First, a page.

Jump to content

Recommended Posts

So I applied to a dual degree program. They rejected me for PA but accepted me into their MPH. I think public health is interesting but I wouldn't say it's a huge passion of mine. I thought a good backup plan if I don't get into PA this cycle is to just do the MPH. Not sure how it will play out as I am still waiting on a ton of schools. It's in a great area, so I know I'll like being at that school, and the opportunities are great in the MPH program. However, I'm also concerned about being in a bucketload of debt with two master's degrees by the time I finish, but at the same time moving out of home and scrambling for a bunch of jobs and volunteer work to afford rent and living expenses seems very stressful(my other backup plan). Would it be better to pursue the master's or just work for another year or two, if worst case scenario I don't get into PA school this cycle?

Link to post
Share on other sites

That a tough question as you are still waiting on decisions from schools by the sounds of things. An MPH is not a bad way to improve your application, is it a one year program?

If it is more than a year and you feel that your application is already strong academically, I would say work for another year. Perhaps take a couple classes to slightly bump your GPA.

  • Upvote 1
Link to post
Share on other sites
4 hours ago, EMEDPA said:

MPH + other classes or MPH + volunteer or part time job.

I'm guessing if you do well in the MPH you would be a shoe in for their pa program the next cycle.

That's a good idea! I heard their MPH is actually pretty laid back, I could try to get shadowing and volunteer on the side. Their PAs take an accelerated version of the program in one year instead of two, maybe if I can double my course load it would save time and I'd have contacts in the program to reapply?

  • Upvote 1
Link to post
Share on other sites
4 hours ago, milesHenson1 said:

That a tough question as you are still waiting on decisions from schools by the sounds of things. An MPH is not a bad way to improve your application, is it a one year program?

If it is more than a year and you feel that your application is already strong academically, I would say work for another year. Perhaps take a couple classes to slightly bump your GPA.

It's two years long. The dual degree students do the MPH in one year though. I have a couple of poor grades but not many, I also don't have a competitive level of HCE, so I'm kind of curious if having an MPH would look better than just having a ton of hours?

Link to post
Share on other sites
1 hour ago, silverstarlight said:

It's two years long. The dual degree students do the MPH in one year though. I have a couple of poor grades but not many, I also don't have a competitive level of HCE, so I'm kind of curious if having an MPH would look better than just having a ton of hours?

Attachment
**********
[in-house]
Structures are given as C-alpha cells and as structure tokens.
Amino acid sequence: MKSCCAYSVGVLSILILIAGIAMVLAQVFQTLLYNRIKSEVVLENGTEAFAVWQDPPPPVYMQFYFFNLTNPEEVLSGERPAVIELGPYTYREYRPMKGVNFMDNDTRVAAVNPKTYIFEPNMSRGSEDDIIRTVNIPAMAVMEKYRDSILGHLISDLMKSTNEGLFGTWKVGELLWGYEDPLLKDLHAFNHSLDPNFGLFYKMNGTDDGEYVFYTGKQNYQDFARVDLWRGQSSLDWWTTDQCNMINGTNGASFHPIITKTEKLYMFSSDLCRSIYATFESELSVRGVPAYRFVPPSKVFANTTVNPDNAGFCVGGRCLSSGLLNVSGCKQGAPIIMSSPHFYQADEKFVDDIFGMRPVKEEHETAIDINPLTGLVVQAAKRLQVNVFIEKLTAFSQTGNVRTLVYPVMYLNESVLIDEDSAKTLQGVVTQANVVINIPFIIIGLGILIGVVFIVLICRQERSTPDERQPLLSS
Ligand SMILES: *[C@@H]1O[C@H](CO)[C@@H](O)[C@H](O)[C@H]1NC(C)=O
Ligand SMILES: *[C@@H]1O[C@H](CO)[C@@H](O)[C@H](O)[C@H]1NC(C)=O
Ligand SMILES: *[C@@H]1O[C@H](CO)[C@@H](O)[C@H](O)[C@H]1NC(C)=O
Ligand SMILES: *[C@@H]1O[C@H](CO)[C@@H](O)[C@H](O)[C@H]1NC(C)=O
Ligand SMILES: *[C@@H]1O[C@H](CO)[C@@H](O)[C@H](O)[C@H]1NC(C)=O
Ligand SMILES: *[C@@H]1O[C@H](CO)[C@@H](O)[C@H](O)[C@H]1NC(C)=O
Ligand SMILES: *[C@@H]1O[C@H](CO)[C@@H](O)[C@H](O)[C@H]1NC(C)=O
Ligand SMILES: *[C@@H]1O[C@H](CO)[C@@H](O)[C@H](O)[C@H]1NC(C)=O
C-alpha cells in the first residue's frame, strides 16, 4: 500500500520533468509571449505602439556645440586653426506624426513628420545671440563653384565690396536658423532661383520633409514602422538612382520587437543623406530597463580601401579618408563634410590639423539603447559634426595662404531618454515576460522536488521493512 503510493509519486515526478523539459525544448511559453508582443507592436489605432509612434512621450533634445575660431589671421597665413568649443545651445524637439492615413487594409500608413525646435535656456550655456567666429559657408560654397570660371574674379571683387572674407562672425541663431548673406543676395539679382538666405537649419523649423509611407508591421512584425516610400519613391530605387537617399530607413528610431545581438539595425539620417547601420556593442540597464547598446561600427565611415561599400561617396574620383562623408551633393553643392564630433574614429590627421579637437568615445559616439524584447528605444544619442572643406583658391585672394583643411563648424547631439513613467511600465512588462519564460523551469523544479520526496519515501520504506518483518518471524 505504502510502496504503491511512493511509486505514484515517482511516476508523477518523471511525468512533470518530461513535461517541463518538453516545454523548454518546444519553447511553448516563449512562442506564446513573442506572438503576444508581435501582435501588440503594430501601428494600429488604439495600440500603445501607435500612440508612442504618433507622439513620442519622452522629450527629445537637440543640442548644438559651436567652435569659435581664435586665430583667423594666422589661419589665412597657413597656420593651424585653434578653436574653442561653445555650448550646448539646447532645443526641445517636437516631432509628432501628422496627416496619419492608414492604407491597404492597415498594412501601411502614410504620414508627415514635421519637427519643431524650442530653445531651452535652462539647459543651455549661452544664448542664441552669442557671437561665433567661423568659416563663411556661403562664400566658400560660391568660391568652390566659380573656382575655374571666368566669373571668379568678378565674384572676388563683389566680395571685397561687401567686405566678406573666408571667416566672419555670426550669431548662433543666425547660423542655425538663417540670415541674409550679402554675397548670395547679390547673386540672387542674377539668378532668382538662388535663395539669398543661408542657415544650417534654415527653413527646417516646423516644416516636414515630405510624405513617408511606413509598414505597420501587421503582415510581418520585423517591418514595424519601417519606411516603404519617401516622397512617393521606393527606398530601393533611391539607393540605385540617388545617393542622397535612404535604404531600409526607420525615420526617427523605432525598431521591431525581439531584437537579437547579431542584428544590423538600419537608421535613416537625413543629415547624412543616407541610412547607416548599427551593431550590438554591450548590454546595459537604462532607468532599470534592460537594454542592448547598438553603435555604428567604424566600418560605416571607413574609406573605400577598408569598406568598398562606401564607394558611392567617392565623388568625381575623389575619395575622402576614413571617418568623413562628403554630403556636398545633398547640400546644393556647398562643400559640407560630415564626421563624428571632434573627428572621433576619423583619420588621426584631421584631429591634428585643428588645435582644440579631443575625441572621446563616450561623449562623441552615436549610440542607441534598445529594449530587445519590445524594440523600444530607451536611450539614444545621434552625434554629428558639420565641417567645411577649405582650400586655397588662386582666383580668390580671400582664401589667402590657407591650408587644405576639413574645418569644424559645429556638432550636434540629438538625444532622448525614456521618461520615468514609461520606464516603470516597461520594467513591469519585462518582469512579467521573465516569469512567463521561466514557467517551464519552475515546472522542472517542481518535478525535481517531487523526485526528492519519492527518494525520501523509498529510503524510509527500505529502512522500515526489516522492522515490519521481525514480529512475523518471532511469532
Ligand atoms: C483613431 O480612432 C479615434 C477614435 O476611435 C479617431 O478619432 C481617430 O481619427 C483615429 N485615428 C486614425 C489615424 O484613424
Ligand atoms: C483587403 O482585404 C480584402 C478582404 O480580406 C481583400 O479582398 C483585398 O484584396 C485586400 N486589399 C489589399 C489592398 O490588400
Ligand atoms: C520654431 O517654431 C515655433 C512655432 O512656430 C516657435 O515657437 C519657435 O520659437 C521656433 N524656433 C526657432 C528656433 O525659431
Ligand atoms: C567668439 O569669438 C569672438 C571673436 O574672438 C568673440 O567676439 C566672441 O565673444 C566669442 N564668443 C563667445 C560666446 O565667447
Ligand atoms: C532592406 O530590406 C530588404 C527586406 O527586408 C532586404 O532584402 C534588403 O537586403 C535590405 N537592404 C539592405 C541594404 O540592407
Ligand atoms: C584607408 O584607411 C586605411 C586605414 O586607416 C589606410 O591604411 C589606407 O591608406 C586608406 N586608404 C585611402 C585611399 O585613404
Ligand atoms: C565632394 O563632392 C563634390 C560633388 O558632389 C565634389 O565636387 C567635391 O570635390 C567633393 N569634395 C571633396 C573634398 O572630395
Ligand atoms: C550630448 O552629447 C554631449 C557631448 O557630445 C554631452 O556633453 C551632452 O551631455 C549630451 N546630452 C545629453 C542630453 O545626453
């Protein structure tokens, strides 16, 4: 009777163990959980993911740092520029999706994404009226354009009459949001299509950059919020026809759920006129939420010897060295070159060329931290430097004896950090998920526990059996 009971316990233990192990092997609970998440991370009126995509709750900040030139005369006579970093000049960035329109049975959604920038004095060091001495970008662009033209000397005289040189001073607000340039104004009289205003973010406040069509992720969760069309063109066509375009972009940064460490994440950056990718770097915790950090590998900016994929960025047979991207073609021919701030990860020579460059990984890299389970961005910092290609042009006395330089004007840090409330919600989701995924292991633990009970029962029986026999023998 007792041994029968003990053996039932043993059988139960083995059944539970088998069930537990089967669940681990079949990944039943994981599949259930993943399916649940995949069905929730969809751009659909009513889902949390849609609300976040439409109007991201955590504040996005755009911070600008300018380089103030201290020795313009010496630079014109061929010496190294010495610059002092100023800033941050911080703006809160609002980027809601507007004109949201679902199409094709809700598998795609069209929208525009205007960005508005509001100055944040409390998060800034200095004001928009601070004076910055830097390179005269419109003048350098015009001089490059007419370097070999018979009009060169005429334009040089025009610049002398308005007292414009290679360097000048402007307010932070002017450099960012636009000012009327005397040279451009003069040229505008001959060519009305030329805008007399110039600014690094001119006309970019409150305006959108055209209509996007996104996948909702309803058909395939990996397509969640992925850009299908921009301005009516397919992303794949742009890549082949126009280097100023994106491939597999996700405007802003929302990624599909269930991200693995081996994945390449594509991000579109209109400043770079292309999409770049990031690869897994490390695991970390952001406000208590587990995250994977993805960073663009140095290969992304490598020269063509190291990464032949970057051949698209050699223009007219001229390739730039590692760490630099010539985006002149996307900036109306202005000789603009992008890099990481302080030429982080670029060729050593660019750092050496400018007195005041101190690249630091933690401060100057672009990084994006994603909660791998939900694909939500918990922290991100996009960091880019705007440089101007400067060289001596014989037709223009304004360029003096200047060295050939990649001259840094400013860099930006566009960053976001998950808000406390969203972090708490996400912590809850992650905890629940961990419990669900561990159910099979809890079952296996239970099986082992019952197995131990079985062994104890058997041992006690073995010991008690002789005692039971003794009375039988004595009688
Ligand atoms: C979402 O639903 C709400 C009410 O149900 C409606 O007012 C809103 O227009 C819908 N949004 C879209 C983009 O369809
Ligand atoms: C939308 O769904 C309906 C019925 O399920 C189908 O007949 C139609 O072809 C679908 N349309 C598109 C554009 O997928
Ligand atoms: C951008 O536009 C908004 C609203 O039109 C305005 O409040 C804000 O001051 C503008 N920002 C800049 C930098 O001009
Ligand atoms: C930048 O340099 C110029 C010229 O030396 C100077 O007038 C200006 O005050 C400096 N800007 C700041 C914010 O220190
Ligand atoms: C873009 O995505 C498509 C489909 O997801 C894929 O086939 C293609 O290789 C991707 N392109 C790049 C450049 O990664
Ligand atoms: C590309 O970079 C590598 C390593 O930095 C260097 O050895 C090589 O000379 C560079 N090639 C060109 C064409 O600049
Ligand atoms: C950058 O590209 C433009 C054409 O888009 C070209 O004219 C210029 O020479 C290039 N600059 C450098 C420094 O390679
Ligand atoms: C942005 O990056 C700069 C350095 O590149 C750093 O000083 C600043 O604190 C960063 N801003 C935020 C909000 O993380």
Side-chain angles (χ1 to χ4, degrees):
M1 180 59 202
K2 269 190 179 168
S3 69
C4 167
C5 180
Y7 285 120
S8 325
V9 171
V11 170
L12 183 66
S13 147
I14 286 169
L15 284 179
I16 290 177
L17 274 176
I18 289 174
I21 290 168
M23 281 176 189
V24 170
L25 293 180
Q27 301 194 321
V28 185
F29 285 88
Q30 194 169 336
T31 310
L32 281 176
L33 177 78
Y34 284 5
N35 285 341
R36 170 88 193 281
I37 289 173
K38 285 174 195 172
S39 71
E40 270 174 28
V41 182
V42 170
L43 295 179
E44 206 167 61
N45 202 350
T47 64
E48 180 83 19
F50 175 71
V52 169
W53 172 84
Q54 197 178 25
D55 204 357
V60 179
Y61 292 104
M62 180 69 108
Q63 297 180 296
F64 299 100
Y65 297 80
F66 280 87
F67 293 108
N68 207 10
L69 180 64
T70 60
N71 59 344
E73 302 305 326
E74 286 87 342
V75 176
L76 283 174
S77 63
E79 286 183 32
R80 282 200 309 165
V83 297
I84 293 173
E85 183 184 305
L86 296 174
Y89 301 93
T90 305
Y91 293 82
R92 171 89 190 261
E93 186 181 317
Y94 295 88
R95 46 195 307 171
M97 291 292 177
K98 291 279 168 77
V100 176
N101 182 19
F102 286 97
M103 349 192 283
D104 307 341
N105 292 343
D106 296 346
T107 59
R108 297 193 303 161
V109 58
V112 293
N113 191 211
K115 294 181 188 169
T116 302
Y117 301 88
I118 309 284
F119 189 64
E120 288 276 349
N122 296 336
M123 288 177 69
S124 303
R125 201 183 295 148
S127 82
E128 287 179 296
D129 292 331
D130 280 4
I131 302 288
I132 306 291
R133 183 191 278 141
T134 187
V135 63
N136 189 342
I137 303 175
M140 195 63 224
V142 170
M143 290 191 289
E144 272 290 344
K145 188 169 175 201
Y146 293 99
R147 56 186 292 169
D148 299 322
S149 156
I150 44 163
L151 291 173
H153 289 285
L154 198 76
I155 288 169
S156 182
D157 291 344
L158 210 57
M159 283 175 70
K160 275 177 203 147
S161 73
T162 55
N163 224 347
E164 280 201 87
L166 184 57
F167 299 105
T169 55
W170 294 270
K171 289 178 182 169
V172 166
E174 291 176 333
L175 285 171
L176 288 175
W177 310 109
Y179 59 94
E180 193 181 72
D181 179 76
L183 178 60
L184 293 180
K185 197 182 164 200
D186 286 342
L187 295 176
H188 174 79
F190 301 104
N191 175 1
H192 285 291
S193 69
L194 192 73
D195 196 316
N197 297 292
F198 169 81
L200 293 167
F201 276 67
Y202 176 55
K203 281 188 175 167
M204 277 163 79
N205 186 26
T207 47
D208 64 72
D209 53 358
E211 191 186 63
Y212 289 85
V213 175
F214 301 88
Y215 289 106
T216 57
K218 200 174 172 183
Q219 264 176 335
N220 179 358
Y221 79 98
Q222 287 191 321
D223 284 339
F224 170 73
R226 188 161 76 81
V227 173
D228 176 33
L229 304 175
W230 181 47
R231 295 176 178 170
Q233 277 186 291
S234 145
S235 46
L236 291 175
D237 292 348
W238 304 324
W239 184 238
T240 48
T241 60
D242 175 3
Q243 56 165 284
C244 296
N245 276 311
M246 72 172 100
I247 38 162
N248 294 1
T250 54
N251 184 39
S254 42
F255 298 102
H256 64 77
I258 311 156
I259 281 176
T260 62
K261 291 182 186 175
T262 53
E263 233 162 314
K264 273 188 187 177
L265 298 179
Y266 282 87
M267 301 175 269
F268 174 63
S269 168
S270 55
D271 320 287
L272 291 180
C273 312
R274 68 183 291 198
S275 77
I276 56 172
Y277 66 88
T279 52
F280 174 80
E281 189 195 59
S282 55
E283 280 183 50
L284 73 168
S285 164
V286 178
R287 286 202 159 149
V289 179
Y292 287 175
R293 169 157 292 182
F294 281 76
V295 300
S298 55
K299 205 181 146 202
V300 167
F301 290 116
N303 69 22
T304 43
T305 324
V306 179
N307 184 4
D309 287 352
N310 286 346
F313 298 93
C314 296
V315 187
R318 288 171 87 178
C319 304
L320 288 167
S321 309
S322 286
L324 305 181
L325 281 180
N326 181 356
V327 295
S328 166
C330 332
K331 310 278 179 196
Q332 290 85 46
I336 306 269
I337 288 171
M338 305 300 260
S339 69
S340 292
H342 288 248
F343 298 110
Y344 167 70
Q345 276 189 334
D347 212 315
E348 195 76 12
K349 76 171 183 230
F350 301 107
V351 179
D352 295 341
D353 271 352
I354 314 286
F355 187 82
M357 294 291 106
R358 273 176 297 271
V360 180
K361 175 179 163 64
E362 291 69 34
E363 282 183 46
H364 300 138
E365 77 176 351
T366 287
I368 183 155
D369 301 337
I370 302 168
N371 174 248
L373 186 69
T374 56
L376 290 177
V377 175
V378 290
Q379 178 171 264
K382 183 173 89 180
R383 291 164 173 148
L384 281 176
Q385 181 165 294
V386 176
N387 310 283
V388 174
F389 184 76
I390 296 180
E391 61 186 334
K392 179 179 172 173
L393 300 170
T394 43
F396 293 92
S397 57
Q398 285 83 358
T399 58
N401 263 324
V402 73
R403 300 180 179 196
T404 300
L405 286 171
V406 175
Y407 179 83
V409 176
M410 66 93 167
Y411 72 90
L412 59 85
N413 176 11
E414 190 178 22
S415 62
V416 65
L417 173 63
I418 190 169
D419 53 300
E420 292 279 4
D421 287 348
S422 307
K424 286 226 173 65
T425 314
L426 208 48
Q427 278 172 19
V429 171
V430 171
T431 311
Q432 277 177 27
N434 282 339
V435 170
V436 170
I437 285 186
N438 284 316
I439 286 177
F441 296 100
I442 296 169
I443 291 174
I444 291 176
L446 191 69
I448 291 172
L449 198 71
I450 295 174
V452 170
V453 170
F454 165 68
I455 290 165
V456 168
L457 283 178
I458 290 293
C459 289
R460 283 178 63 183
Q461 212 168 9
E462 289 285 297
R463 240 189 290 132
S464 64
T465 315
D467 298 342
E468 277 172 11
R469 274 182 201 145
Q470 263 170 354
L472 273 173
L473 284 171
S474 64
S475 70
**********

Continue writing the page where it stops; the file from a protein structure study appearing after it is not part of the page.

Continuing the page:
The MPH may give you a better shot at getting into that PA program, provided you do well. However not having HCE may also hurt your chances at other schools. Would it be possible to work part time while you are doing the MPH? That way you get the best of both worlds, an MPH and roughly one year more of HCE.

  • Upvote 1
Link to post
Share on other sites

Current MPH graduate here, who is also attending PA school this next May. I can honestly say it was one of the best decisions I have made. Yes, it will be a struggle obtaining HCE while in the program full-time, but that's not to say having research experience isn't a great substitute if you expect to meet or exceed minimum HCE requirements for your programs of interest; I did both research and accrued HCE as a part-timer on the weekends. During your practicum or thesis, most of the coursework is out of the way and it provides a solid semester where you can extend the amount of HCE hrs you'd like to garner. Expenses are a whole different animal, but depending on the program there should be some scholarship opportunities both on acceptance and within the program once you have started. To name a few, my program in particular offered numerous GRA's, department-specific student excellence scholarships, and a handful of global health research grants.

Many topics in public health (population health dynamics, epidemiology, critical appraisal of literature, environmental health, health policy, etc) are increasingly relevant to medical practice, in particular the more community-oriented PA provider model. As we see it, public health encompasses all crucial social and human challenges. My time as an MPH student really solidified for me why I cherished the PA route over any other occupation, and also provided me with a wonderful set of tangible and critical thinking skills to be more successful in practice. DM me if you'd like to hear more about my experiences and opportunities when I was a student in the program. Lastly, I was able to reflect and fall back on my experiences as a public health student many times during personal statements, secondary app essays and interview questions, and it has gifted me with lots of success this application cycle.